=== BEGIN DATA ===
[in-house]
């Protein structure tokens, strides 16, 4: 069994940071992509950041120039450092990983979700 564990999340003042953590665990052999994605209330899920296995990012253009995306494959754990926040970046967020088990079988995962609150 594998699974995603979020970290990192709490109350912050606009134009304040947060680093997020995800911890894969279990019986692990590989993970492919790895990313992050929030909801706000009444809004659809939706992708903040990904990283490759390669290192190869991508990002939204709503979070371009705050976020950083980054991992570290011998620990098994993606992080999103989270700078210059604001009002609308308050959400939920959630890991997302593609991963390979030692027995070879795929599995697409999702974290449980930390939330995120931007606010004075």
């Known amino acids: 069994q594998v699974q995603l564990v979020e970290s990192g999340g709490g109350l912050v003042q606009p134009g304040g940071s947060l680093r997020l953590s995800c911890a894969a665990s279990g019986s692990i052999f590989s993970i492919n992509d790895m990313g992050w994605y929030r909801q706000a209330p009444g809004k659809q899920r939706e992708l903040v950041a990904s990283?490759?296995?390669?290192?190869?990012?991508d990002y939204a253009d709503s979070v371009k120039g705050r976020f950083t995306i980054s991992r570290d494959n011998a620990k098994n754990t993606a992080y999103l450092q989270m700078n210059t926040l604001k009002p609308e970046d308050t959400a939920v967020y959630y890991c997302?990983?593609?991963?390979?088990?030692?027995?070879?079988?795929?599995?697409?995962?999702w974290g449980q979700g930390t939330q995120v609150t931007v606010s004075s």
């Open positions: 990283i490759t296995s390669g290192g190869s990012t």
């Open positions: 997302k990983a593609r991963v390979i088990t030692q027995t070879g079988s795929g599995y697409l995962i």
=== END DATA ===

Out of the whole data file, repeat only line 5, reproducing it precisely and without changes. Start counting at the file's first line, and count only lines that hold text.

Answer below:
């Open positions: 997302k990983a593609r991963v390979i088990t030692q027995t070879g079988s795929g599995y697409l995962i």